I have been recovering from the surgery I had on Tuesday for bursitis. I had a bone spur removed from my left shoulder, which turned out to have worn a hole in my tendon so that that also had to be stitched up. This will keep my left arm in a sling for the next month not just the few days the doctor initially envisioned, not so great for typing blogs. No doubt this will also delay our return to Santa Rosalia while I get started on physical therapy. But even that can’t take place until I see the doctor next week. Today is a banner day however. I get take my bandages off, stop wearing my anti-embolism stockings, take a shower, wash my hair, and stop icing my shoulder constantly—in short become a semi-real human being again and not a smelly bed-ridden blob!
Esperando and Sweet Pickle have been my constant company through all of this. The Dog somehow is sensing it is not cool to be his normal boisterous self and jump on me. He has faithfully lain at my feet and worried when I have been in pain, coming close to press his nose against me in reassurance. How can dogs be such sensitive creatures? This is the same dog that can also stand on your feet like a Shetland pony and not notice when you scream in pain.
On our trip back up here Sweet Pickle was one happy dude. I don’t know if he knew we were on our way to Denver, but he did know that he was king of the mountain, no cats participating. Once we dropped over the mountains on I-70 and he could smell Denver in the air he started whining with excitement as he would greet an old friend.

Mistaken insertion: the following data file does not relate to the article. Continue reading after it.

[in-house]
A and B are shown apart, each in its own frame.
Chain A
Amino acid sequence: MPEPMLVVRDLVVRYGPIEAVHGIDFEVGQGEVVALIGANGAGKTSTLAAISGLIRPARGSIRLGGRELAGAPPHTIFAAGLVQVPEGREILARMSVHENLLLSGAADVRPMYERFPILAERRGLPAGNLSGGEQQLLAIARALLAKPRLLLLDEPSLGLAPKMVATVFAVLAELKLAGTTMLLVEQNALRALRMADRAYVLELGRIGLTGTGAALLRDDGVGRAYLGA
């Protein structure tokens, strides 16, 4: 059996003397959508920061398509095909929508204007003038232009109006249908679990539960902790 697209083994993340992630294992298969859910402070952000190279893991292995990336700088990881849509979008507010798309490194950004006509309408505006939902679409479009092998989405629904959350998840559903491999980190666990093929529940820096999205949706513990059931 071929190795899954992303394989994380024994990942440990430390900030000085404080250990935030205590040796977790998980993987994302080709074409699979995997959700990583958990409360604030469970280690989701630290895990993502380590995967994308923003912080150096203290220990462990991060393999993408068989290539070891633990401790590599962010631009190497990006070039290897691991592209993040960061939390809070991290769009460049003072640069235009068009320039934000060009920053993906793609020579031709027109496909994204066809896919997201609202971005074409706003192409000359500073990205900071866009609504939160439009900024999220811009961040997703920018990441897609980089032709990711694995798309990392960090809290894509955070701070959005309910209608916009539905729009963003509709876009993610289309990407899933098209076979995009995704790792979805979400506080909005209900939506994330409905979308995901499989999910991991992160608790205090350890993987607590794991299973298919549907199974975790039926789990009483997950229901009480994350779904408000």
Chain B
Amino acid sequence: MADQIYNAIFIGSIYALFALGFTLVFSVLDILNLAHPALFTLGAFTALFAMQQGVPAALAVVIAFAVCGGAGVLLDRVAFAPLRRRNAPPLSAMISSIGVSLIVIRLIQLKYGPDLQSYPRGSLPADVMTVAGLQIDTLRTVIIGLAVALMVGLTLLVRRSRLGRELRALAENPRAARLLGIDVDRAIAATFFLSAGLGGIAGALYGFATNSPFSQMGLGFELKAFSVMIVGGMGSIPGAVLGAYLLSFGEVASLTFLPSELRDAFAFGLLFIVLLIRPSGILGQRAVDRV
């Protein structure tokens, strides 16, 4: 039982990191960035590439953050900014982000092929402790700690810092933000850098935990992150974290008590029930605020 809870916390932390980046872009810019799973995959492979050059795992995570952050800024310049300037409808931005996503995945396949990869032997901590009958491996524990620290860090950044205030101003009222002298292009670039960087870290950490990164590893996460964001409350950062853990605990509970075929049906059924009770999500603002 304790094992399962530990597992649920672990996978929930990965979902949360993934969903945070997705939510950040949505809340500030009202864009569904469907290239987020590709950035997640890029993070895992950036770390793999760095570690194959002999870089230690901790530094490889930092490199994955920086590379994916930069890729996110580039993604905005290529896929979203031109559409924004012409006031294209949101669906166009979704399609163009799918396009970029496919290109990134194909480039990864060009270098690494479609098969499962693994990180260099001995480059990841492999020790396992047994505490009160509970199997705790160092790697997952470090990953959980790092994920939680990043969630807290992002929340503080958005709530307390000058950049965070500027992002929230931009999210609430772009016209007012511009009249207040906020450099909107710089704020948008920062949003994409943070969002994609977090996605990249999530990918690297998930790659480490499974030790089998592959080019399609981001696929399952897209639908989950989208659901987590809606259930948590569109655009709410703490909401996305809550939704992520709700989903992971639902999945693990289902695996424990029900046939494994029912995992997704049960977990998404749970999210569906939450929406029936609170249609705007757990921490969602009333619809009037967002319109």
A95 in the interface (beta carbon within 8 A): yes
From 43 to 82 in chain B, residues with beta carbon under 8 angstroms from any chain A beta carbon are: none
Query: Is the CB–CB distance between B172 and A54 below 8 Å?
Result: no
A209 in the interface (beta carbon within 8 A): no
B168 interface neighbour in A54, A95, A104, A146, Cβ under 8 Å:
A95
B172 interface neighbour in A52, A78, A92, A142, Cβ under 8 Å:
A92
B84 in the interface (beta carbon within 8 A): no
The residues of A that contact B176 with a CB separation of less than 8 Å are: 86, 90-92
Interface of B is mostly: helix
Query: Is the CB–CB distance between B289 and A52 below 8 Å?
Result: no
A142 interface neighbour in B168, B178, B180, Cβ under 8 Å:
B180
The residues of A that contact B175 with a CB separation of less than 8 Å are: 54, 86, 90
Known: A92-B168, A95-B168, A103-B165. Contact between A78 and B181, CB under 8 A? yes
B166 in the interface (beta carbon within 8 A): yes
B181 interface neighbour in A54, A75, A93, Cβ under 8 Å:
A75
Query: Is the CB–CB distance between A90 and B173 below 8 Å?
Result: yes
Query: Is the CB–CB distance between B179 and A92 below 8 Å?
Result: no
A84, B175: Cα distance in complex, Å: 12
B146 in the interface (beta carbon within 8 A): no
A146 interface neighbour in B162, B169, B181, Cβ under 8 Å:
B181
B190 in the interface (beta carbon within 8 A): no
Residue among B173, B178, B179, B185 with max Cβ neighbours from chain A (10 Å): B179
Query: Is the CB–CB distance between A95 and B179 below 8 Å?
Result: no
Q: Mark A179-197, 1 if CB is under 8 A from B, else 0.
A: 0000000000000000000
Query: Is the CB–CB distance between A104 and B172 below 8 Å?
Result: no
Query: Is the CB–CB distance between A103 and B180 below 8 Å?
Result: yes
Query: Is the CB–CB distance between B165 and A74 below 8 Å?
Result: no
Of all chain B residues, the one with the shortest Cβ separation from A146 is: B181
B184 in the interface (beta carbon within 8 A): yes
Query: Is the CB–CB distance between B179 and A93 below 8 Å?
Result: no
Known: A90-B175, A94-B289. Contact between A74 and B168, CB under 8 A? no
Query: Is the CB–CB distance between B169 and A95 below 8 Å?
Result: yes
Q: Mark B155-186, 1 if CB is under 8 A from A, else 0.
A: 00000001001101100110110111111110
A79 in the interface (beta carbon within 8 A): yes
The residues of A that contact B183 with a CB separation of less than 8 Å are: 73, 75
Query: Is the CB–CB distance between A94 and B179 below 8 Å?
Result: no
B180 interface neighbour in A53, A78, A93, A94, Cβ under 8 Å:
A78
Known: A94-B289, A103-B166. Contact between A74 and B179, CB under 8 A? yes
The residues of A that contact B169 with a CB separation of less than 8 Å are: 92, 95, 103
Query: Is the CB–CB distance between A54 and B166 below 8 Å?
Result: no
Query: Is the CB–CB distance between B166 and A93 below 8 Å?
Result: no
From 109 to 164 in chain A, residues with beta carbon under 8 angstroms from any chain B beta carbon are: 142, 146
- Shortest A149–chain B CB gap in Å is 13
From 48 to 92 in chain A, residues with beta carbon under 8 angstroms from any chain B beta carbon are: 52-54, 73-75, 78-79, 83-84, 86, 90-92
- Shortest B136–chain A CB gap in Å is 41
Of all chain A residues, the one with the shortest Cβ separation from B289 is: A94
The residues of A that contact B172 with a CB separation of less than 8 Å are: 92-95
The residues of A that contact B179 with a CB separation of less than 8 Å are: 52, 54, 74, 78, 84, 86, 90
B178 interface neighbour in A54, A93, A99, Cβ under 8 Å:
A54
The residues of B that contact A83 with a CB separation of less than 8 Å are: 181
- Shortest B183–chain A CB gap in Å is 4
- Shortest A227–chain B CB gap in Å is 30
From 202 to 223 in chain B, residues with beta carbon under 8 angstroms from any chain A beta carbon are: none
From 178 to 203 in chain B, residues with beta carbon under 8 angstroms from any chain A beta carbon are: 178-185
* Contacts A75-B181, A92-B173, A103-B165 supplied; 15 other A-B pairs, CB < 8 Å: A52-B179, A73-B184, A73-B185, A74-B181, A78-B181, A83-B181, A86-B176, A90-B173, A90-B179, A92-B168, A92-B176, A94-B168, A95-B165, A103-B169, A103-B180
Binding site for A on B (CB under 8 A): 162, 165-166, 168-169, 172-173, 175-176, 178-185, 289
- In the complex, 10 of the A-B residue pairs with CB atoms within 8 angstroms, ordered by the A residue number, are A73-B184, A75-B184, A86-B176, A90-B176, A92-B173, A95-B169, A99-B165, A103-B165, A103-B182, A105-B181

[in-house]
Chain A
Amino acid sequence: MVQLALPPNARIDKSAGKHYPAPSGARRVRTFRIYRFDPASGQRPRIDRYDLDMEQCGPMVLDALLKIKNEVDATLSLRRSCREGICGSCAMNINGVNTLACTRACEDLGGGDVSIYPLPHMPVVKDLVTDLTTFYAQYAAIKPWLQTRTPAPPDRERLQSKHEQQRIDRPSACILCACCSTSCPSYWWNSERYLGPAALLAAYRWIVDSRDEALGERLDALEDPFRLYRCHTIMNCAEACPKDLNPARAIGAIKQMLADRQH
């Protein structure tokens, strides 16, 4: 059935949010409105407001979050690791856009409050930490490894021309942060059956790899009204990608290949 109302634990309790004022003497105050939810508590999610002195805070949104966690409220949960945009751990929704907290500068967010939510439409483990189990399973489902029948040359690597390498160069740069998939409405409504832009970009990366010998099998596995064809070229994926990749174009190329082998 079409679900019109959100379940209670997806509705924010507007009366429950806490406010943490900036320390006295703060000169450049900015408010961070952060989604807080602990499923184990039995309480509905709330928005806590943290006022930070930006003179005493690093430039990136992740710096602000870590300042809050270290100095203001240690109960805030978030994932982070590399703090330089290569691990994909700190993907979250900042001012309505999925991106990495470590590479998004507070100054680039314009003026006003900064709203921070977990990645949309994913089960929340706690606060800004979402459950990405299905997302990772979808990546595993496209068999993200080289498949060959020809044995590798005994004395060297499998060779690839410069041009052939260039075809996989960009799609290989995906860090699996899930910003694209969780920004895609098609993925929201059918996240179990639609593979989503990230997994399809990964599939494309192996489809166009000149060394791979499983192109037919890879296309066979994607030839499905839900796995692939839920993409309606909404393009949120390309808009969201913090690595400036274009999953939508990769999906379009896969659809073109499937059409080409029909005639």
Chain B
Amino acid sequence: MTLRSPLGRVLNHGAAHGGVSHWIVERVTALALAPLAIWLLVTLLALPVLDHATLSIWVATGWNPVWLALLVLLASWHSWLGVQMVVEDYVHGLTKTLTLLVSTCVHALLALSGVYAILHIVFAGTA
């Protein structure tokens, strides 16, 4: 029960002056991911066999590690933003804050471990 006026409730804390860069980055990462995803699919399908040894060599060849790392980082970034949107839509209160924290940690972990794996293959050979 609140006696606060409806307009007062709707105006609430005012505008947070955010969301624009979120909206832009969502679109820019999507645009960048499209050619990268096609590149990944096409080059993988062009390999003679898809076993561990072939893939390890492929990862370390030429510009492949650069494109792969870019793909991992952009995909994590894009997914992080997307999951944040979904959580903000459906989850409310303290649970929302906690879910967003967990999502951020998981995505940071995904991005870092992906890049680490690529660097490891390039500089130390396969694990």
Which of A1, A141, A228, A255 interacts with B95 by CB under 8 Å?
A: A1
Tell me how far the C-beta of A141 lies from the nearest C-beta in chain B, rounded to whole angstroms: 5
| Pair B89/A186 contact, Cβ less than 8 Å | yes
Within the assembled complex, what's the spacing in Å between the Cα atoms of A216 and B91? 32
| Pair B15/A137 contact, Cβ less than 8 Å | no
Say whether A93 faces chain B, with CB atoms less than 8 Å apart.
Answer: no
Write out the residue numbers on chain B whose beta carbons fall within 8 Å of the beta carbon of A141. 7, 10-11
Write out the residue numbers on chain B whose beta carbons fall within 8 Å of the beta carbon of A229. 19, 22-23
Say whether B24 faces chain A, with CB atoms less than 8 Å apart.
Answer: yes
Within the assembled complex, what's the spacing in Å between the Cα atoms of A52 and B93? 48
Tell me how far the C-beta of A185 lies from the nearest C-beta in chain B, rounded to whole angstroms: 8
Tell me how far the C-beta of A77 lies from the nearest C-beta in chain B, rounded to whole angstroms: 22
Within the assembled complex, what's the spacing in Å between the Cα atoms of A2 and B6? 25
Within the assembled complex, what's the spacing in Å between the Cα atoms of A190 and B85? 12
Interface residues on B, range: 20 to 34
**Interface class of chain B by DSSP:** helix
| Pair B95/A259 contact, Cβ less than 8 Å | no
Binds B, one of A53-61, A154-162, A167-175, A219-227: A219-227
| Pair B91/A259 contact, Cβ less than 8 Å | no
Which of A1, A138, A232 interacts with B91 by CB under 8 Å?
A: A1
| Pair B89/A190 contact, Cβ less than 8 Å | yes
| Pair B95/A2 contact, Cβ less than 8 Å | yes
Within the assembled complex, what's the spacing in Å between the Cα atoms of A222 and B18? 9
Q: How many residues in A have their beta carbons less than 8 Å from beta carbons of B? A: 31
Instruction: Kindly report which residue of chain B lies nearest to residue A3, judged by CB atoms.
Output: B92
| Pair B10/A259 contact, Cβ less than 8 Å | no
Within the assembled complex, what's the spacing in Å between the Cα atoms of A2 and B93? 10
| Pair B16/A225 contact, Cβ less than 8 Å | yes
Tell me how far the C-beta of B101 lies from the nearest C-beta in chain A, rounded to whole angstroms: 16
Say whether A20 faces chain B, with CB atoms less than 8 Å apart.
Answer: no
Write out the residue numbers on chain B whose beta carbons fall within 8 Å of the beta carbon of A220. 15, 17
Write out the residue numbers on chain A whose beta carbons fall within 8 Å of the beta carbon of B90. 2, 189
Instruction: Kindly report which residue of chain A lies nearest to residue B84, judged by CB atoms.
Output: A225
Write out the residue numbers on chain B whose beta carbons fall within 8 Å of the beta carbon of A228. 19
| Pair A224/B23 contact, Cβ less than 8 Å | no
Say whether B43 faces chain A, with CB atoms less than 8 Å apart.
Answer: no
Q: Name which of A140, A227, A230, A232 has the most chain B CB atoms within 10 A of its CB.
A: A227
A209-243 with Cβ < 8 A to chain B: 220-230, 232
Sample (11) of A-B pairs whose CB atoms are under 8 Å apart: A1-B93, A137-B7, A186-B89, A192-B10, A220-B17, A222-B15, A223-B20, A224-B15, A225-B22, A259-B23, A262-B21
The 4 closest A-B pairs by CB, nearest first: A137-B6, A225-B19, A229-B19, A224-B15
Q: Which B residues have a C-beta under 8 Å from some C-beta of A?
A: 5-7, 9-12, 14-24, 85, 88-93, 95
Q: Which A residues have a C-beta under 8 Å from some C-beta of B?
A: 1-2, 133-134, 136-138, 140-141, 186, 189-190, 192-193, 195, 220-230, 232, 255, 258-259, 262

After we got here he went to the groomers to become a new and cleaner dog, although he was not a cooperative dog. He simply hates baths, I am lucky to have a groomer who will put up with him. Unlike our yard of dirt in Santa Rosalia our Denver yard is filled with lawn. He no longer can wallow in the soil three times a day in a rife imitation of Pigpen, raising little clouds of dust every time someone pats him.
And then there was Dog Society to rejoin. All his neighbor dog buddies that he likes to play with, as well as a whole hillside of prairie dogs that he pretends to ignore when we go on walks. He used to be mildly interested in catching one, but now that he knows how hopeless it is, he ignores them while they whistle and call, rolling around doing the back stroke in the dirt of dog town not 5 feet from his face. Ah, what a noble dog.